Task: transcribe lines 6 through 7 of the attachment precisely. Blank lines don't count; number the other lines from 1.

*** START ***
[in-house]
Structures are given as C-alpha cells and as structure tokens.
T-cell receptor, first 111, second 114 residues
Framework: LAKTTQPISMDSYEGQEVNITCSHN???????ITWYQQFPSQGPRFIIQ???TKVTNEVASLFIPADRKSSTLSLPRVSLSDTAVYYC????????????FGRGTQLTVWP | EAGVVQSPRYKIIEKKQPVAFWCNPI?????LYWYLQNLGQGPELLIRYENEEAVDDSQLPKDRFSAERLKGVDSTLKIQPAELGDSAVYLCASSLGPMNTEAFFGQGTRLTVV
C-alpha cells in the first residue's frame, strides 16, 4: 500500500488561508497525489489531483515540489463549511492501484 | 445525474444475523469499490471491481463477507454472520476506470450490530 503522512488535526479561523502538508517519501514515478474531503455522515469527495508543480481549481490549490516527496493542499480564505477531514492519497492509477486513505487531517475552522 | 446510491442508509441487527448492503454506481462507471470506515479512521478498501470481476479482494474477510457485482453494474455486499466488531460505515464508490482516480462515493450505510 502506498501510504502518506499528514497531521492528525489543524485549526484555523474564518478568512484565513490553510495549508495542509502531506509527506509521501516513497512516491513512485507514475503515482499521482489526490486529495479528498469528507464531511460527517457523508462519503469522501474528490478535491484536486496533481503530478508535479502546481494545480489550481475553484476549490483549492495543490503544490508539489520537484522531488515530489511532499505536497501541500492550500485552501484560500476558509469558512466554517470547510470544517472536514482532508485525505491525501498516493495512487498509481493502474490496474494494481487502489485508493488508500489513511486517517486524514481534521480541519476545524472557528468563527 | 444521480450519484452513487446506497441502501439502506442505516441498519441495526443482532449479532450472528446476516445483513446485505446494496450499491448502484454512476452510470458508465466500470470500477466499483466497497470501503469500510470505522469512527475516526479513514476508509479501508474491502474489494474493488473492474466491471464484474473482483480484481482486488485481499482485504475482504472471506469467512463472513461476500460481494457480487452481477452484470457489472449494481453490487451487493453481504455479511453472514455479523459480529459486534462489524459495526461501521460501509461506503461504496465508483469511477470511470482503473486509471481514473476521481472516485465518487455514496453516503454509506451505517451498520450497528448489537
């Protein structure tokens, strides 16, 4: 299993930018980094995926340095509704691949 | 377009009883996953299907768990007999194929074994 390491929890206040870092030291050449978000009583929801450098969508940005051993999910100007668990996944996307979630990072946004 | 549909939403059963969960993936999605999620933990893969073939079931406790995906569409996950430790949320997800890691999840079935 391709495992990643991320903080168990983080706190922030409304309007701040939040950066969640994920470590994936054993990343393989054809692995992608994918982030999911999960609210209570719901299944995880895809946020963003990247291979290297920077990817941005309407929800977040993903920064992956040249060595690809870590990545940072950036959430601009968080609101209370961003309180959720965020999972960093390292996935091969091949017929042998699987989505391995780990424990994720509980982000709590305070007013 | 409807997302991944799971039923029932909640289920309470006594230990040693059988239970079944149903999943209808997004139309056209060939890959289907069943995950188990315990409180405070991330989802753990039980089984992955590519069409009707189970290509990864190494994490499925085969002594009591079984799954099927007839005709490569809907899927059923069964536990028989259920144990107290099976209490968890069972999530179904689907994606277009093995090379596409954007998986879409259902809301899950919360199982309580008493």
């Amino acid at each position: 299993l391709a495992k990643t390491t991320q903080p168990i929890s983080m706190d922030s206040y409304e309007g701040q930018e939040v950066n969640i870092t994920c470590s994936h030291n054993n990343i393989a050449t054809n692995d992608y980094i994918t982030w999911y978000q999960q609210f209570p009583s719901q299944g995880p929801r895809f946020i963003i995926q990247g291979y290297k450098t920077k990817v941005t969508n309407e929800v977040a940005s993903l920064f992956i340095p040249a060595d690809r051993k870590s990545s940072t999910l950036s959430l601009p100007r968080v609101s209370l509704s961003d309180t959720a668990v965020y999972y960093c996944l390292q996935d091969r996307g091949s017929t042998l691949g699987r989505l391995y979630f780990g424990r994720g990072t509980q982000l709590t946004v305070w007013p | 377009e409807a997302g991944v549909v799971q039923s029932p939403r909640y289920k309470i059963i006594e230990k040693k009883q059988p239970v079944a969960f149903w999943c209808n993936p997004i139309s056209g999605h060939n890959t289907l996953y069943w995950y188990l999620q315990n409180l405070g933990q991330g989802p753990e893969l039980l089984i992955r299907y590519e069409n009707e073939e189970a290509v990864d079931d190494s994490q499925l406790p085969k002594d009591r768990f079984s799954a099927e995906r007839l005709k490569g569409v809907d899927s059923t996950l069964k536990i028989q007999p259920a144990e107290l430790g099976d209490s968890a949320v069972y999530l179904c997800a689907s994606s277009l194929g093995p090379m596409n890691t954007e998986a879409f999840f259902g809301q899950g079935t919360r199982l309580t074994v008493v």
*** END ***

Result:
């Protein structure tokens, strides 16, 4: 299993930018980094995926340095509704691949 | 377009009883996953299907768990007999194929074994 390491929890206040870092030291050449978000009583929801450098969508940005051993999910100007668990996944996307979630990072946004 | 549909939403059963969960993936999605999620933990893969073939079931406790995906569409996950430790949320997800890691999840079935 391709495992990643991320903080168990983080706190922030409304309007701040939040950066969640994920470590994936054993990343393989054809692995992608994918982030999911999960609210209570719901299944995880895809946020963003990247291979290297920077990817941005309407929800977040993903920064992956040249060595690809870590990545940072950036959430601009968080609101209370961003309180959720965020999972960093390292996935091969091949017929042998699987989505391995780990424990994720509980982000709590305070007013 | 409807997302991944799971039923029932909640289920309470006594230990040693059988239970079944149903999943209808997004139309056209060939890959289907069943995950188990315990409180405070991330989802753990039980089984992955590519069409009707189970290509990864190494994490499925085969002594009591079984799954099927007839005709490569809907899927059923069964536990028989259920144990107290099976209490968890069972999530179904689907994606277009093995090379596409954007998986879409259902809301899950919360199982309580008493």
């Amino acid at each position: 299993l391709a495992k990643t390491t991320q903080p168990i929890s983080m706190d922030s206040y409304e309007g701040q930018e939040v950066n969640i870092t994920c470590s994936h030291n054993n990343i393989a050449t054809n692995d992608y980094i994918t982030w999911y978000q999960q609210f209570p009583s719901q299944g995880p929801r895809f946020i963003i995926q990247g291979y290297k450098t920077k990817v941005t969508n309407e929800v977040a940005s993903l920064f992956i340095p040249a060595d690809r051993k870590s990545s940072t999910l950036s959430l601009p100007r968080v609101s209370l509704s961003d309180t959720a668990v965020y999972y960093c996944l390292q996935d091969r996307g091949s017929t042998l691949g699987r989505l391995y979630f780990g424990r994720g990072t509980q982000l709590t946004v305070w007013p | 377009e409807a997302g991944v549909v799971q039923s029932p939403r909640y289920k309470i059963i006594e230990k040693k009883q059988p239970v079944a969960f149903w999943c209808n993936p997004i139309s056209g999605h060939n890959t289907l996953y069943w995950y188990l999620q315990n409180l405070g933990q991330g989802p753990e893969l039980l089984i992955r299907y590519e069409n009707e073939e189970a290509v990864d079931d190494s994490q499925l406790p085969k002594d009591r768990f079984s799954a099927e995906r007839l005709k490569g569409v809907d899927s059923t996950l069964k536990i028989q007999p259920a144990e107290l430790g099976d209490s968890a949320v069972y999530l179904c997800a689907s994606s277009l194929g093995p090379m596409n890691t954007e998986a879409f999840f259902g809301q899950g079935t919360r199982l309580t074994v008493v």